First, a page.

You may recall from Part 1 that SOAP procedure calls are formatted as XML, as indicated by the following code listings:
Message: <?xml version='1.0'?> <SOAP:Envelope xmlns:SOAP='urn:schemas-xmlsoap-org:soap.v1'> <SOAP:Body> <i:getUserAddress xmlns:i='someInterface'> <userID>198172</userID> </i:getUserAddress> </SOAP:Body> </SOAP:Envelope> Response: <SOAP:Envelope xmlns:SOAP='urn:schemas-xmlsoap-org:soap.v1'> <SOAP:Body> <i:fResponse xmlns:i='someInterface'> <address>123 N. Elm Street Fargo, North Dakota </address> </i:fResponse> </SOAP:Body> </SOAP:Envelope>
At a high level, sending and receiving SOAP calls works just like any RPC mechanism. Software applications typically complete the following steps to make use of one or more code procedures:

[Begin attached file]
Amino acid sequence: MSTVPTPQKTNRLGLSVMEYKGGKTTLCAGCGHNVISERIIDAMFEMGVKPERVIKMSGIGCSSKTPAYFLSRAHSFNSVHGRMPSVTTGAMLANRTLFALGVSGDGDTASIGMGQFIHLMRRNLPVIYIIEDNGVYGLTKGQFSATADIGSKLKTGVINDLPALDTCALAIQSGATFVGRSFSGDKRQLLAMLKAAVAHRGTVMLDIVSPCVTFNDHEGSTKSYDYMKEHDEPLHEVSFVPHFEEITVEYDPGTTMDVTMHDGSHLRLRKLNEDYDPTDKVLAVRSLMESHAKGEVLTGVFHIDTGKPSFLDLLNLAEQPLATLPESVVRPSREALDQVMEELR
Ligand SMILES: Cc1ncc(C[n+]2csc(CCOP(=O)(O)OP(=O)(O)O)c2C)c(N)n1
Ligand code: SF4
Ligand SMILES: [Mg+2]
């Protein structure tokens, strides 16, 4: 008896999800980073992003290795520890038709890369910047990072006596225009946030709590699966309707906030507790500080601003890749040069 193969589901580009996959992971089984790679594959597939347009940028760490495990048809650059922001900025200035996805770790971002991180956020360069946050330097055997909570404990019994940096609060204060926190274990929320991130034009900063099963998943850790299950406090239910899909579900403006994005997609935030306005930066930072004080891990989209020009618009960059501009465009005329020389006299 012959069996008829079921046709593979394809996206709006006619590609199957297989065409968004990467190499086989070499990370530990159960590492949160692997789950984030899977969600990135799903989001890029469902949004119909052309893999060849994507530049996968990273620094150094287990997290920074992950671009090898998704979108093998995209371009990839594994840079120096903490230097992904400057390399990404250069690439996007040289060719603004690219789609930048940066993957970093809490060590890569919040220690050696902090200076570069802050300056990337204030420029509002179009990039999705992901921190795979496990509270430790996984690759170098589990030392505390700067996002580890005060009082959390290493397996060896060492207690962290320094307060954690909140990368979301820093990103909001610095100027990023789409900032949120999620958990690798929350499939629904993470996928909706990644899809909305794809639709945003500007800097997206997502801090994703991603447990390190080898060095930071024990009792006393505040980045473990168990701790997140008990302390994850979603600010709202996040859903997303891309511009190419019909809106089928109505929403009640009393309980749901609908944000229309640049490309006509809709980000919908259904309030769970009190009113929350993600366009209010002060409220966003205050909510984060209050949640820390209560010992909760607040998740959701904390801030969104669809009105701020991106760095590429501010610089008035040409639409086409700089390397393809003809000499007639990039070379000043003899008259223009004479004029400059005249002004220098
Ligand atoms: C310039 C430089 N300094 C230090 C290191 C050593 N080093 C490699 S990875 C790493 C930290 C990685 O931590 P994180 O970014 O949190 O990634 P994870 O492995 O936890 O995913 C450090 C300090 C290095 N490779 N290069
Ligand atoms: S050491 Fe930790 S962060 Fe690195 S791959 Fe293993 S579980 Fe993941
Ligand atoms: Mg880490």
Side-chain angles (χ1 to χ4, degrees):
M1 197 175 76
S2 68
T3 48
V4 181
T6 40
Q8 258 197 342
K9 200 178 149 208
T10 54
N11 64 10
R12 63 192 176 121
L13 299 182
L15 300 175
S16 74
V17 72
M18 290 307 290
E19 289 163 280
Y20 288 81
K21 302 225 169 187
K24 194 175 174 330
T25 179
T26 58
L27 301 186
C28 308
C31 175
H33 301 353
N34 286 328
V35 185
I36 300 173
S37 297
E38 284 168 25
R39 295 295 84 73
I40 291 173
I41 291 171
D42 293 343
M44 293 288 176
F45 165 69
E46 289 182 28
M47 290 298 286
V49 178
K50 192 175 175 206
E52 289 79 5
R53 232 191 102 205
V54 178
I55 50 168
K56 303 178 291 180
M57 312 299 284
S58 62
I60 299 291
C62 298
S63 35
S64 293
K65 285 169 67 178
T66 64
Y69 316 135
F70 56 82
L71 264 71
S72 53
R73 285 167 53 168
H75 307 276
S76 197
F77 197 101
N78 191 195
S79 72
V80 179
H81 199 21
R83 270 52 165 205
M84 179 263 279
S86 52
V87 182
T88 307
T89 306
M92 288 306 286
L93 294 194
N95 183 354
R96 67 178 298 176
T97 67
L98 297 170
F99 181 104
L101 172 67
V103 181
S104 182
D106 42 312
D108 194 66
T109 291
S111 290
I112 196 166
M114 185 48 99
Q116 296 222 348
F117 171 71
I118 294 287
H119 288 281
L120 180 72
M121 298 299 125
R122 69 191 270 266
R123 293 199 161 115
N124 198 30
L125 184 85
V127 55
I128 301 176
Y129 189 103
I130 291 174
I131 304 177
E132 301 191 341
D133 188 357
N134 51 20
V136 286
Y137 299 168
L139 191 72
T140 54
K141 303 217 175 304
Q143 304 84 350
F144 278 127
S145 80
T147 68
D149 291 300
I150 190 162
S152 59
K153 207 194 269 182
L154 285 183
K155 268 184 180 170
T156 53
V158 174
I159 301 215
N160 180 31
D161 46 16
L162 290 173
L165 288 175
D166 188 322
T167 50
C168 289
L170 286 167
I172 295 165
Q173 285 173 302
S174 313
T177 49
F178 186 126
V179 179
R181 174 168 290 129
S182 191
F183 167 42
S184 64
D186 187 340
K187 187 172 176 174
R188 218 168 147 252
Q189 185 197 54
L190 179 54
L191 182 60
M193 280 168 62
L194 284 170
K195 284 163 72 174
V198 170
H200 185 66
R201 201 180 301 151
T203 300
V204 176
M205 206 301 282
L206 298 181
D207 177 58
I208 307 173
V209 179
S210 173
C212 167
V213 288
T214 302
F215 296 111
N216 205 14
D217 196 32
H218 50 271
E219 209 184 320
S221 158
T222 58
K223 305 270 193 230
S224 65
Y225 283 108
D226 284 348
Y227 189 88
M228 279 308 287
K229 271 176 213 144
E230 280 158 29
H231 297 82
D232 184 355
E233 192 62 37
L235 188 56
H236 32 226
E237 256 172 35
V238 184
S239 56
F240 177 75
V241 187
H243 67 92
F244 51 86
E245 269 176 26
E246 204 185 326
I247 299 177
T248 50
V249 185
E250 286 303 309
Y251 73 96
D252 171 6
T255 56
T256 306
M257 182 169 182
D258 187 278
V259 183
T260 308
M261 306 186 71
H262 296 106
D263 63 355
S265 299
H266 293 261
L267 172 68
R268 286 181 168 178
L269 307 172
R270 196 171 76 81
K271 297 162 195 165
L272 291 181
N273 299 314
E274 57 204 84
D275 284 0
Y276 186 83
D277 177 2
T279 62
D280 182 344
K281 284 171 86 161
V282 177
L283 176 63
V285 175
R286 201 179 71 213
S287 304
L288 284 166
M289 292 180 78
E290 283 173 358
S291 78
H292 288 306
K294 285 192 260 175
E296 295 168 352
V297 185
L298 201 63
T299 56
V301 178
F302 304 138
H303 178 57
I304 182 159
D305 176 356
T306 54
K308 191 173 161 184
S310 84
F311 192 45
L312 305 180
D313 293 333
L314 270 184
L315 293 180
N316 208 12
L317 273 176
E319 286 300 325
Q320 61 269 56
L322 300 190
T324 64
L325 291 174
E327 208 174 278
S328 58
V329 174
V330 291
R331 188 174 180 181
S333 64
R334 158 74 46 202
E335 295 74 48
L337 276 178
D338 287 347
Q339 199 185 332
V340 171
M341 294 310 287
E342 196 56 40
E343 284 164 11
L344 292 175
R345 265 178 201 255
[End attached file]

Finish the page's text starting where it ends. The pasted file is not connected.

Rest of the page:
Declare a code library to be used (either through an include or import statement or through the use of something like Visual Basic's References menu).
Declare and populate all variables to be passed to the function.
Call the function.
"Catch" and process the function's return values.
Note that when using "traditional" tools, you needed library documentation so that you knew which functions were available and what parameters they accepted. As I'll show in just a moment, a new language named WDSL, proposed by Microsoft and IBM ( http://news.cnet.com/news/0-1003-200-2863465.html), allows web services to provide this functional description through the use of formatted XML.
While it's certainly possible to build a SOAP application using nothing but your favorite programming language and an XML parser, you'll save a great deal of time and effort by making use of a SOAP API that encapsulates SOAP functionality within a structured API. In this article, I'll examine the Apache SOAP Java API (see http://xml.apache.org/soap/index.html) and will also briefly touch on the Microsoft SOAP Toolkit.